Correlating organic carbon concentration and composition with mineralogy in deep-sea pelagic sediments
Thursday, 17 December 2015
Poster Hall (Moscone South)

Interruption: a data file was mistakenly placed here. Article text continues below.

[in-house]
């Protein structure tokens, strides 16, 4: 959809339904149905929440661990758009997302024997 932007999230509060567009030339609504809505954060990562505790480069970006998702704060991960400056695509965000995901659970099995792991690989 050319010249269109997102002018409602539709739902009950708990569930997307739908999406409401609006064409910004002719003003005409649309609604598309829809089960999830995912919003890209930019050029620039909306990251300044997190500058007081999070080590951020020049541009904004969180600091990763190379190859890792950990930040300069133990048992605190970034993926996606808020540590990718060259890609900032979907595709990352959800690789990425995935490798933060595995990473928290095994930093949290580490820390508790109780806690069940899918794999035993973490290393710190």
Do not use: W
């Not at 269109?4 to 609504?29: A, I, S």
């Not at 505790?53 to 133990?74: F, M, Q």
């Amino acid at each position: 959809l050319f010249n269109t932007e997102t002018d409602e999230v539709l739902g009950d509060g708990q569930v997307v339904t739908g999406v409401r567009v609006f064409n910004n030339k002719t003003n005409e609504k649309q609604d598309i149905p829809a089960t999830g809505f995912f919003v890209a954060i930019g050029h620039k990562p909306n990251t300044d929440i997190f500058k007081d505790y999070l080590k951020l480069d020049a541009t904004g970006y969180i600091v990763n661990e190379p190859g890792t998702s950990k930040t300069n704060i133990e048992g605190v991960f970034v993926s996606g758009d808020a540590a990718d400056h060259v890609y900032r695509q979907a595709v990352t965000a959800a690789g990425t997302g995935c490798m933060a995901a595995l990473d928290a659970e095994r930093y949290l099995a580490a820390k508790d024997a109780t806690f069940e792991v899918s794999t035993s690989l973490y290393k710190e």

The majority of organic matter sinking in the ocean is remineralized to carbon dioxide before it reaches the sea floor. Of the organic carbon (OC) that does reach the sediment-water interface, only a small fraction is buried. Organisms residing in the sediment column utilize minerals such as metal oxides as electron donors to degrade a portion of this carbon. However, there is evidence that these metal oxides may also, by adsorbing OC, enhance its preservation and thereby act as a sink for OC on geological timescales. The goal of this research is to examine the potential for mineral-based protection of OC in suboxic and oxic pelagic sediments. Using Elemental Analysis – Isotope Ratio Mass Spectrometry, we characterize the concentration and isotopic composition of OC and nitrogen in sediments collected during the R/V Knorr expedition 223 to the western subtropical North Atlantic in November 2014. Organic carbon concentrations range from 0.05 to 0.25 mol OC/kg sediment while organic nitrogen (ON) varies from 0.01 to 0.026 mol ON/kg sediment. OC concentrations initially decrease with depth but stabilize ~10 meters below core top, suggesting that OC is protected against remineralization since electron acceptors are still present to fuel anaerobic respiration. At the suboxic site, the ratio of OC/ON decreases sharply in the top two meters of the core and then stabilizes at a OC/ON value of approximately 5, illustrating an enrichment in ON relative to Redfield ratios. Oxidized solid-phase manganese (Mn), presumably Mn(III,IV) oxides, decreases with depth indicating active redox cycling. Conversely, solid-phase Fe(III) content as a proportion of total Fe remains relatively constant with depth. X-ray diffraction and density separations to isolate specific mineral classes, such as metal oxides and clays, were also employed to better correlate mineralogy with trends in OC concentrations. The relatively stable OC concentrations at depth suggest that OC is protected against remineralization. The persistence of iron(III) phases and presence of clays such as illite could provide protection of organic carbon at depth. Differences among the sites and with depth point to mineralogical controls on the amount and type of carbon preserved, which may point to mineral-hosted carbon as a dominant control on the subsurface biosphere.